Nationwide, conservatives are pushing the political protection bill, which says that while colleges tolerate different races, sexes and creeds, they only welcome liberal politics.

Ahmad Al-Qloushi seems a poster child for the cause: His political science professor allegedly told him to get psychological help simply because Al-Qloushi wrote a chest-thumping patriotic essay.

But IA was suspicious. Al-Qloushi happens to be president of the Foothill College Republicans – a fact the group’s press materials neglected to mention.

What were the odds of a campaign-perfect case happening to the college Republican president?

“It is a coincidence,” Al-Qloushi said, “but this is the case.”

IA tried to confirm Al-Qloushi’s story – and a subsequent release from the group that said the professor had filed a grievance against Al-Qloushi – but campus officials said they couldn’t discuss confidential professor-student matters.

The professor wouldn’t return calls and e-mails; the therapist simply hung up.

Fair enough. If you criticise someone publicly, you become a target yourself.

My first reaction was that maybe an angry Professorial outburst was being misunderstood, or misinterpreted, as a serious recommendation. But if there is indeed a therapist involved, the Professor presumably meant his recommendation seriously.

And maybe the fact that Al-Qloushi is the college Republican president is all part of what the Professor regards as so crazy about him.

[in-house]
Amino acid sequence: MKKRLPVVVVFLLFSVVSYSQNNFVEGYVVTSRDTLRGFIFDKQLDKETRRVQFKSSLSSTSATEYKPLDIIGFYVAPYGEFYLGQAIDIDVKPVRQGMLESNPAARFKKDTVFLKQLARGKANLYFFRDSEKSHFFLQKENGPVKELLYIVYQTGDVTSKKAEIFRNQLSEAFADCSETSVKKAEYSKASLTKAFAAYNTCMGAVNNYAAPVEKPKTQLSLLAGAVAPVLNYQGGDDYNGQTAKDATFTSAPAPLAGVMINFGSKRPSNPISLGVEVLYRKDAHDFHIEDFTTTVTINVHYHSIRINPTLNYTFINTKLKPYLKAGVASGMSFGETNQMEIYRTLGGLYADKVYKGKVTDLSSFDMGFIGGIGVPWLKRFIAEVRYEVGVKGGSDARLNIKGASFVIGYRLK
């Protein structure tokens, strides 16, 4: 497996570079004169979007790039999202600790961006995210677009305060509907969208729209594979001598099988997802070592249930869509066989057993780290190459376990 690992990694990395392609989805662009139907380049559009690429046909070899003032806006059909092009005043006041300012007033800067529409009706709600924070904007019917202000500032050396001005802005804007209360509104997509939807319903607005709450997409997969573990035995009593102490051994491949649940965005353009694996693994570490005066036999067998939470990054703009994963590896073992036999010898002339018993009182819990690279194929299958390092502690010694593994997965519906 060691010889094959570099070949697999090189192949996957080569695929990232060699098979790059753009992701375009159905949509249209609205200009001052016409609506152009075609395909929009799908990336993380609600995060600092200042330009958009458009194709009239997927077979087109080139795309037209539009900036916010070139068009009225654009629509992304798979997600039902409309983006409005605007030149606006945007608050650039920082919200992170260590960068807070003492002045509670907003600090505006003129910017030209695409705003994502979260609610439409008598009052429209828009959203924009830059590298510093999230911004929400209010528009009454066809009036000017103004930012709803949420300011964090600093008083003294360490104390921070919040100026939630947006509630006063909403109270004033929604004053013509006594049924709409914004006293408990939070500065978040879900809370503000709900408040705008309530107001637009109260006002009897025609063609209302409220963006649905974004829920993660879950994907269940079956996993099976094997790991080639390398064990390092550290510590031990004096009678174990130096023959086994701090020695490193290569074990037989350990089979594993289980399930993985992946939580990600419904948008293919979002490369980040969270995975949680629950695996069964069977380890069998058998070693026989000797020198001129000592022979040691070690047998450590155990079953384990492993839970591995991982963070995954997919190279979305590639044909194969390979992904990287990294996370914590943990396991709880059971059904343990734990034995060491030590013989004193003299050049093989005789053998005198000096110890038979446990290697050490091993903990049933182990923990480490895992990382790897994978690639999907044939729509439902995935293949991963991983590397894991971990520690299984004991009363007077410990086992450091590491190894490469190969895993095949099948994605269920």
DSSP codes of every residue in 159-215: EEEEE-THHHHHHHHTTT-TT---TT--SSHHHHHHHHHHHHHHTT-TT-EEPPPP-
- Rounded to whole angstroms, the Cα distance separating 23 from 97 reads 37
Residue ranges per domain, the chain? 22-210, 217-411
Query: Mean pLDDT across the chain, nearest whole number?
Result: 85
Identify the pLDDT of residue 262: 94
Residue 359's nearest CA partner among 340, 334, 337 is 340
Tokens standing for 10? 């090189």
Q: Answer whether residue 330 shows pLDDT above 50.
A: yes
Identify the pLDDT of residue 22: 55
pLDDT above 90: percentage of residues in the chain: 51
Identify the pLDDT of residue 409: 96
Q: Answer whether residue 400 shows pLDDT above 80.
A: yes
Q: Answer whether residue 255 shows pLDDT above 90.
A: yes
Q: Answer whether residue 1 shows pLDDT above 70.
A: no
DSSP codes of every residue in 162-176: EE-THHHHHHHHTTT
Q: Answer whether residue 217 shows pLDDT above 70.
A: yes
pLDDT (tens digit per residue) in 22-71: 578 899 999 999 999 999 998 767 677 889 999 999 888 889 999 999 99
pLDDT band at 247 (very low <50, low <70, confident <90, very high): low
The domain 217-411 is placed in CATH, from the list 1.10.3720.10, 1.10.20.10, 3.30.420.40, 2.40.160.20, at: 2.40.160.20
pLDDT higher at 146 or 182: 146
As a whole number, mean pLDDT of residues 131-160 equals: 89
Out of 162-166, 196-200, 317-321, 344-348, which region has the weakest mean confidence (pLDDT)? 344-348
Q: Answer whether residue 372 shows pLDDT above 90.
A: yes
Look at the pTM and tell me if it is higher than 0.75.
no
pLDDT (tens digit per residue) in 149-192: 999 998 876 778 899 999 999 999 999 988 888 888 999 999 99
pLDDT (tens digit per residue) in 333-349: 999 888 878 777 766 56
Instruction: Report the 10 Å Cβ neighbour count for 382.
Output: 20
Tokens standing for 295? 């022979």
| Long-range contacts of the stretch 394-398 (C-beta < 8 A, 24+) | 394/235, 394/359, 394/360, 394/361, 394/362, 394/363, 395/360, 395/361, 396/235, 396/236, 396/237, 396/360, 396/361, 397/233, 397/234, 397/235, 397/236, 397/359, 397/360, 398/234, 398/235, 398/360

However, I further guess that the combination of a pupil who is also a student politician (and maybe also an aspiring politician period) plus the Internet, faced the Professor with a situation he did not see coming. I guess that this Professor is used to getting away with crap like this, but did not realise that he was dealing with a different sort of pupil to the ones he is used to subjugating. My guess is that this Professor is a lefty who did indeed, despite what the mercurynews.com guy says, do something seriously wrong, but who did not understand that the Internet has changed the rules of these little conflicts.

Maybe he simply underestimated his adversary, regarding him as a confused immigrant without the moxie (as Joanne Jacobs would say) to stand up for himself.